While the song “Un Poco Loco” has been identified as musically outstanding, it has also been discussed as culturally significant. According to Race Music: Black Cultures from Bebop to Hip-Hop, although Afro-Cuban jazz had been introduced in the 1940s by such artists as Dizzy Gillespie and Machito, “Un Poco Loco” is a significant marker in the establishment of this musical genre, as it revealed “the Afro-Cuban turn settling into bebop’s acceptable field of rhetorical conventions”.  More than Afro-Cuban, the authors of that book detect what they describe as a “Pan-African” musical influence in the composition’s repetition, harmony and cyclic solo that, while not as obviously Afro-international as Gillespie’s “A Night in Tunisia’, “certainly signaled a ‘blackness’ that became part of the language of subsequent expressions of modern jazz.” The book Jazz 101 indicates that Powell’s performances of this material in 1951 was “all the more astonishing” in its “level of creativity, and even authenticity” because little was known at the time of African music or how Latin music (aside from the Cuban influence) could be applied to jazz. According to Yanow, in Afro-Cuban Jazz: The Essential Listening Companion, this composition was Powell’s only involvement with Afro-Cuban Jazz. [source]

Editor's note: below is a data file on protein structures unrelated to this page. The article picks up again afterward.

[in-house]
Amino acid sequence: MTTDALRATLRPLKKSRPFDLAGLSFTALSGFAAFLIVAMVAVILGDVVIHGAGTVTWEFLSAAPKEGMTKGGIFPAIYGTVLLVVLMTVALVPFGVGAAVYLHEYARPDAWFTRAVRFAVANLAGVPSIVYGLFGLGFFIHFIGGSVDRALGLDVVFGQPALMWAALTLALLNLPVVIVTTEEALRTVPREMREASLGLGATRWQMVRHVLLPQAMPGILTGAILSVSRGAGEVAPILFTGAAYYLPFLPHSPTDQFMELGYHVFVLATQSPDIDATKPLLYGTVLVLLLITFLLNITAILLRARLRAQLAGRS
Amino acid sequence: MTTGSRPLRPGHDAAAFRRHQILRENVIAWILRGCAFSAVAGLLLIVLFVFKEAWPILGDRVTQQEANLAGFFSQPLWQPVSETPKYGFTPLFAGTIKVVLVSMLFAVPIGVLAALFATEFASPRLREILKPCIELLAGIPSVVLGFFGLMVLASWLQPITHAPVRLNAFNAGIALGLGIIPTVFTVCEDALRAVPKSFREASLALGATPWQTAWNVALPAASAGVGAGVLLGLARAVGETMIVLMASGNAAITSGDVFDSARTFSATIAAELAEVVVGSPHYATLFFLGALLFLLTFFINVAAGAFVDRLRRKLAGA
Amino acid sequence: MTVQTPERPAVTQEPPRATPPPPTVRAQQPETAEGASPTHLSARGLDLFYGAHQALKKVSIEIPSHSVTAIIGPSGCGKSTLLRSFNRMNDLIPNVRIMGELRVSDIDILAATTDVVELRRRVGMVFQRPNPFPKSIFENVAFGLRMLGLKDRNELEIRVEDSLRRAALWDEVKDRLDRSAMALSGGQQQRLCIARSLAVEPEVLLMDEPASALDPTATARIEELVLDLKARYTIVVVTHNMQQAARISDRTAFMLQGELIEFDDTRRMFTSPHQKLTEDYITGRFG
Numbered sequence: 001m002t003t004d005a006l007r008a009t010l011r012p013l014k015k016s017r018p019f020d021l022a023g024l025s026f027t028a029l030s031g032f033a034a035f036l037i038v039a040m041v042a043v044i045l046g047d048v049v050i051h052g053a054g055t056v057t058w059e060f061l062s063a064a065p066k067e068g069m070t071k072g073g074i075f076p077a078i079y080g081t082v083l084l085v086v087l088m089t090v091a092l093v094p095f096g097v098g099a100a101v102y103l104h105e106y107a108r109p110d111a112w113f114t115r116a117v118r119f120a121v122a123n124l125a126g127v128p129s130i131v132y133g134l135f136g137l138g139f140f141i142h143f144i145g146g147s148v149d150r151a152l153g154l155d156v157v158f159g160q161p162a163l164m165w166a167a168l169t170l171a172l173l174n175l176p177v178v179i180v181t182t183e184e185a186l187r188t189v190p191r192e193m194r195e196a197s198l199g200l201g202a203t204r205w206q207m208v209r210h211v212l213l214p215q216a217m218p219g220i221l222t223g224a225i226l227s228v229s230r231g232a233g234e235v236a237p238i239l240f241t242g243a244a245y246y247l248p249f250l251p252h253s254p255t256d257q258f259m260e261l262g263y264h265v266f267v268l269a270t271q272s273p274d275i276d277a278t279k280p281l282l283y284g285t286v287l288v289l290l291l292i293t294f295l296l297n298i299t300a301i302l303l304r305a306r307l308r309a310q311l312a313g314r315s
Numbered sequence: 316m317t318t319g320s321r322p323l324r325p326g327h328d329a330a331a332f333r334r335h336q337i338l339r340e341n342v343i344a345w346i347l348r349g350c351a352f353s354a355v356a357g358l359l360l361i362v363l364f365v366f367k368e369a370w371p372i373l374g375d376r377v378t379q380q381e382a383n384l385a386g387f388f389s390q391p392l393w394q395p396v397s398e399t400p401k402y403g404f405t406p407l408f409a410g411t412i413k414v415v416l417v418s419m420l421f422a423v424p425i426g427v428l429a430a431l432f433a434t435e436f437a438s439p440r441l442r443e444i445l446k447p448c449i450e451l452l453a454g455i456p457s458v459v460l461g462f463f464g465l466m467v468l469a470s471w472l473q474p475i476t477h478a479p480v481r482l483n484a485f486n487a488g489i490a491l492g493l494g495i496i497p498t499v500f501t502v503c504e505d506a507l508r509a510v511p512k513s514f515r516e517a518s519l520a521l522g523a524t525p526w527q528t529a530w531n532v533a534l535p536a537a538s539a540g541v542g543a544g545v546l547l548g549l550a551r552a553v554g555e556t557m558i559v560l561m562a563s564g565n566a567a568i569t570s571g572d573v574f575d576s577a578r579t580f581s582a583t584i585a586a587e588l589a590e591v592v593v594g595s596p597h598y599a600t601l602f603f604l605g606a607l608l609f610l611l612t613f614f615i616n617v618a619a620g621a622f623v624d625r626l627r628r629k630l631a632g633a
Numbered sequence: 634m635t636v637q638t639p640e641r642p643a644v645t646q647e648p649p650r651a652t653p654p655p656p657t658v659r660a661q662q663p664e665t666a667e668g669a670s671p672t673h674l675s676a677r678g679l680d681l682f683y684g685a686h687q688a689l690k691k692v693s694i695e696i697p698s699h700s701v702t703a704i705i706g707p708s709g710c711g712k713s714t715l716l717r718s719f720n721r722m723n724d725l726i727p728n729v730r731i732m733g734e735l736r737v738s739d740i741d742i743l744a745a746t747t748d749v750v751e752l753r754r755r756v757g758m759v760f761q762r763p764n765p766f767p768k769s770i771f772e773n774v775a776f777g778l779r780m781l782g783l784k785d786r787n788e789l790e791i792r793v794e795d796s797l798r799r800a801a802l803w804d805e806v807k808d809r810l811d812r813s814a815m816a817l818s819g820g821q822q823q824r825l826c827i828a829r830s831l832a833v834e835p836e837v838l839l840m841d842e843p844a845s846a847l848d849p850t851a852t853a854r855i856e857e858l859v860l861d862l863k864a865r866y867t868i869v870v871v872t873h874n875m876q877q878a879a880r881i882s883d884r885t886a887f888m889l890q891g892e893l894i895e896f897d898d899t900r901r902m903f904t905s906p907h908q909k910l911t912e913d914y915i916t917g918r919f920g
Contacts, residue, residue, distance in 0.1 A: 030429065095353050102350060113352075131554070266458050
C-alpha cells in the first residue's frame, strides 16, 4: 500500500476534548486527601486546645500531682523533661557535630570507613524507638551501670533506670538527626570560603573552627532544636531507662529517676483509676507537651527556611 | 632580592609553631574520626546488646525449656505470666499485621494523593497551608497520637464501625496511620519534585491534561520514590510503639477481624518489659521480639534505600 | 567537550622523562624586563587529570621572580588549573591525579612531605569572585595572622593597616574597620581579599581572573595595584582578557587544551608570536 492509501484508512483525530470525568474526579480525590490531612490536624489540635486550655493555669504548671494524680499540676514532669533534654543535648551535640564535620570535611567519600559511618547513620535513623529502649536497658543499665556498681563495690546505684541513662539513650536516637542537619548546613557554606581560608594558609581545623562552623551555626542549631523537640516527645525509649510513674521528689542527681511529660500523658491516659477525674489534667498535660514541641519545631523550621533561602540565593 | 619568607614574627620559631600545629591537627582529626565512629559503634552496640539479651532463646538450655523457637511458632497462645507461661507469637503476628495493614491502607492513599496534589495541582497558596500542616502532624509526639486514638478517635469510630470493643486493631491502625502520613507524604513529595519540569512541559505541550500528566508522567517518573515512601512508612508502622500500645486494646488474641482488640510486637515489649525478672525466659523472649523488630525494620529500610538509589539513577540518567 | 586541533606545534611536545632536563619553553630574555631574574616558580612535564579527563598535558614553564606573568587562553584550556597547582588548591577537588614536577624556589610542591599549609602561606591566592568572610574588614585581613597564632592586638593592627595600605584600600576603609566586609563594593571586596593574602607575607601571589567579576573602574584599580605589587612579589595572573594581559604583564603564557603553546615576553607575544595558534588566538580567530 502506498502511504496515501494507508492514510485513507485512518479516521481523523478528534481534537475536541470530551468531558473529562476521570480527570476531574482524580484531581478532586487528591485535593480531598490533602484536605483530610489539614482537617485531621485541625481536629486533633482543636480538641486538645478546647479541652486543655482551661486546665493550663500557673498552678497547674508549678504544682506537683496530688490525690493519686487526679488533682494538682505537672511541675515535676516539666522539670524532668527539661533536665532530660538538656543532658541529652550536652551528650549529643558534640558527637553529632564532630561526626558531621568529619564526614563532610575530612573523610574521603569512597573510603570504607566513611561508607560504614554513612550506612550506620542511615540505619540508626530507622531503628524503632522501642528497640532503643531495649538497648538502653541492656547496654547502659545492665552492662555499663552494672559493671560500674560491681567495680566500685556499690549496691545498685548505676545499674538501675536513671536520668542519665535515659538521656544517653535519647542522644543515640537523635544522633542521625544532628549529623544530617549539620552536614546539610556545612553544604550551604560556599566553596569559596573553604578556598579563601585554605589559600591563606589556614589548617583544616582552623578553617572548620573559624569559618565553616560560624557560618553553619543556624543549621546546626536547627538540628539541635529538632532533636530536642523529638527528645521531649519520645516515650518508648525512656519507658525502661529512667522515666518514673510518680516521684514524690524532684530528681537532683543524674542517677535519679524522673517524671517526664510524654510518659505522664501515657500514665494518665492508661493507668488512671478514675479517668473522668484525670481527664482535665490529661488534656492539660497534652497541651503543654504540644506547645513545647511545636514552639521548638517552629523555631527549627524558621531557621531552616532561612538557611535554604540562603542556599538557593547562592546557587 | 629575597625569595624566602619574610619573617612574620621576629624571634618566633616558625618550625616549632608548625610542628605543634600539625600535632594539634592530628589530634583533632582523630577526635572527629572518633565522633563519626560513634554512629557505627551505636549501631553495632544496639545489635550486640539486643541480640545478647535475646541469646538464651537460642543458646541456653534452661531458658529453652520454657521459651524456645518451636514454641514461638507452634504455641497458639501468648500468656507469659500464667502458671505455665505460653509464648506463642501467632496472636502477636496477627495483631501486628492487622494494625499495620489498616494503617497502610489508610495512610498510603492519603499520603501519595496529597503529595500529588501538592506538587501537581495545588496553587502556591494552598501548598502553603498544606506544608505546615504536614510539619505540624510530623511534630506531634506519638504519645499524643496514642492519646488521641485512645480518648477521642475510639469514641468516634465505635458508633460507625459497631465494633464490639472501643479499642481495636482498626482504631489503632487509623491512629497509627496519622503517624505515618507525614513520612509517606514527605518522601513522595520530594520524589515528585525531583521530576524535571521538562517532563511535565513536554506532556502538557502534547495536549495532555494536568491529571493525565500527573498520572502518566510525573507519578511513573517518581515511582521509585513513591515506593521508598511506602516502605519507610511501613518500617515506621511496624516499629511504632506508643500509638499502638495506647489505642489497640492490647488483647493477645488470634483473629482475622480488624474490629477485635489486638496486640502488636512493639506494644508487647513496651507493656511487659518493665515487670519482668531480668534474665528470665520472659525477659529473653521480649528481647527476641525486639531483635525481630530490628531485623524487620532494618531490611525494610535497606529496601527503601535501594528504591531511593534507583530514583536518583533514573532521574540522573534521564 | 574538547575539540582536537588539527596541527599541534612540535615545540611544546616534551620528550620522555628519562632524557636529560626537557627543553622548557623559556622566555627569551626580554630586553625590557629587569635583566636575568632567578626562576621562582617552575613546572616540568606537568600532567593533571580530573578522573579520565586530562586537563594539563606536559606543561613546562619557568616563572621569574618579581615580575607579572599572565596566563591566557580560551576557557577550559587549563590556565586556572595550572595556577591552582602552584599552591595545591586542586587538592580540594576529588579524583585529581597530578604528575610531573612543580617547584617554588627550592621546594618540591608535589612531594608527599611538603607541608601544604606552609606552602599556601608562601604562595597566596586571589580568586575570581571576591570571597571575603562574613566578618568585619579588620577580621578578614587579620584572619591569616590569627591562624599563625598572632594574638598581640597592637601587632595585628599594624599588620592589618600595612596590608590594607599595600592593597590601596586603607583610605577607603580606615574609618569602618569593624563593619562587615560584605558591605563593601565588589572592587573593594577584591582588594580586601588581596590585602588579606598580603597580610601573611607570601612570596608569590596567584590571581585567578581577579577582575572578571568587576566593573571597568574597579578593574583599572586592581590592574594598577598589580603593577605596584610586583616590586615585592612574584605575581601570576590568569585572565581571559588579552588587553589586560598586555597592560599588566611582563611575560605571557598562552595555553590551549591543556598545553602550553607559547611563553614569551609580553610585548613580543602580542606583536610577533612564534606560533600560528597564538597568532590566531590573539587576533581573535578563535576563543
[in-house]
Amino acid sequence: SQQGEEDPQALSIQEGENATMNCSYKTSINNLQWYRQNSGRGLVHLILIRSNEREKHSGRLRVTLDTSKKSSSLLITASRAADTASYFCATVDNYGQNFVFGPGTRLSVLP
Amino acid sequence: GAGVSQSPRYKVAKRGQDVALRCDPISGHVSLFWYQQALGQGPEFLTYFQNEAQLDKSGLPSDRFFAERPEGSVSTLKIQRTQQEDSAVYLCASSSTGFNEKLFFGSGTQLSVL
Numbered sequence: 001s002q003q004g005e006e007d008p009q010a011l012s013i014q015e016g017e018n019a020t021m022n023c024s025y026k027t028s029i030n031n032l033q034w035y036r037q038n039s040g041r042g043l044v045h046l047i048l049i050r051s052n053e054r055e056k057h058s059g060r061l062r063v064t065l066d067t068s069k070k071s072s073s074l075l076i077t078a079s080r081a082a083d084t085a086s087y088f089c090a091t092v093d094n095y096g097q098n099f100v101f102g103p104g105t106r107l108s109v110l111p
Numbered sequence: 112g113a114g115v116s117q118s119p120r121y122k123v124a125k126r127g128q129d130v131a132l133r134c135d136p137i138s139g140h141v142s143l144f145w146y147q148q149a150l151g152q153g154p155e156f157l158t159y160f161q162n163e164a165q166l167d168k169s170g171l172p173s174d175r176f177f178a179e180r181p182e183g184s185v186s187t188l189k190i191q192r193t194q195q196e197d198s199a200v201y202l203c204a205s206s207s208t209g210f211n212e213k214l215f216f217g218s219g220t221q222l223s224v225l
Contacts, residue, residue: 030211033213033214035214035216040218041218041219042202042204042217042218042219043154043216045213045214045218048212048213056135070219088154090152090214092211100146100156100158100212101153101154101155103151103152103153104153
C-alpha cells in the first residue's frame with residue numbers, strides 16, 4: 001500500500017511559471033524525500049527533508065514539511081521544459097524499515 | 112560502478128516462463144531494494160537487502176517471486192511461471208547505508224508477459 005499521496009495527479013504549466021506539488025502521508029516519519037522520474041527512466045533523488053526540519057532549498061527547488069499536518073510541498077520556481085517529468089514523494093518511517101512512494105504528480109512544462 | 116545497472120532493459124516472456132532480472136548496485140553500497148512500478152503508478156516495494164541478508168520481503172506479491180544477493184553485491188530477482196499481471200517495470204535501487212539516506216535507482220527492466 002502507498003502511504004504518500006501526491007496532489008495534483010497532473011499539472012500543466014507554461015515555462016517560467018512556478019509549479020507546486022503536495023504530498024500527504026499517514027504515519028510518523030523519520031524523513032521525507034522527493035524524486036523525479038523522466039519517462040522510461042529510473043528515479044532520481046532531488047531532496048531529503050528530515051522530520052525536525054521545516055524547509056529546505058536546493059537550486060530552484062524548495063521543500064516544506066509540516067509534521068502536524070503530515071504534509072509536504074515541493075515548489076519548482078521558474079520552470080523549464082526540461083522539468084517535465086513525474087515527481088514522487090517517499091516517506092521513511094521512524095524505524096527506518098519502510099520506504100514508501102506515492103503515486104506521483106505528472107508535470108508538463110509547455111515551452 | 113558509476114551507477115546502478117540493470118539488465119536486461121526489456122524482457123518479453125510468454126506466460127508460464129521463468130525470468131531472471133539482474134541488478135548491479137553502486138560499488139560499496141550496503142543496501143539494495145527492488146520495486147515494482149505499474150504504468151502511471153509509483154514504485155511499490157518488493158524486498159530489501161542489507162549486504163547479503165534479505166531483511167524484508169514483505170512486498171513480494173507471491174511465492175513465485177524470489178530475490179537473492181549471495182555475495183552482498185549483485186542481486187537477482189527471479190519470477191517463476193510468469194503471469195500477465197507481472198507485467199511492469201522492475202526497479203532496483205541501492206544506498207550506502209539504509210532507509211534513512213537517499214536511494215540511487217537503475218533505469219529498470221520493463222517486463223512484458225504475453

Personnel:  Bud Powell – Piano / Curley Russell – Double Bass / Max Roach – Drums

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John Coltrane – The Father and the Son and the Holy Ghost (1965)

The Father and the Son and the Holy Ghost is first track on the album Medtiations by John Coltrane, recorded at the Van Gelder Studio, on November 23, 1965.

The year 1965 was a turning point in the life of John Coltrane. It was at this point that he crossed the line into the free jazz arena that he had been approaching since the early ’60s. Besides his landmark Ascension, no album better illustrates this than the awe-inspiring Meditations. Coltrane’s regular quartet — McCoy Tyner (piano), Jimmy Garrison (bass), and Elvin Jones (drums) — is expanded here with second drummer Rashied Ali (who assumed Jones’ spot after this album) and saxophonist Pharoah Sanders. This conglomeration produces some dense textures, especially in the epic first track “The Father and the Son and the Holy Ghost.” This sonic hurricane is a 13-minute outpouring of spiritual emotion that is at once compelling and exhausting. [source]

John Coltrane – Tenor Saxophone / Rashied Ali – Drums / Jimmy Garrison – Double Bass / Elvin Jones – Drums / Pharoah Sanders – Tenor Saxophone / McCoy Tyner – Piano

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Aldo Romano, Louis Sclavis, Henri Texier – Annobon (1994 – 1995)

From the album Le Querrec: Carnet de Routes by the trio of Romano/Sclavis/Texier, recorded and mixed from 1994 to 1995 at Studio de la Maison de la Culture d’Amiens.

This recording from the West African tours of the Romano/Sclavis/Texier trio in the early ’90s is one in a series of three. That this band played in Africa and was documented by photographer Guy LeQuerrec was remarkable in and of itself. These cats are all composers who know the strengths of each their band members. When melody lines come off Sclavis’ horn and are tied in separate octaves to Texier’s bass playing, creating a new chromatic color to the proceedings, such as on “Bororo Dance” and “Flash Memoire,” listeners get to hear music in the process of being created from nothing but the abilities of its makers. [source]

Louis Sclavis – Clarinet, Soprano Saxophone / Henri Texier -Double Bass / Aldo Romano -Drums / Guy Le Querrec – Photography

watch photos by Guy Le Querrec in Africa here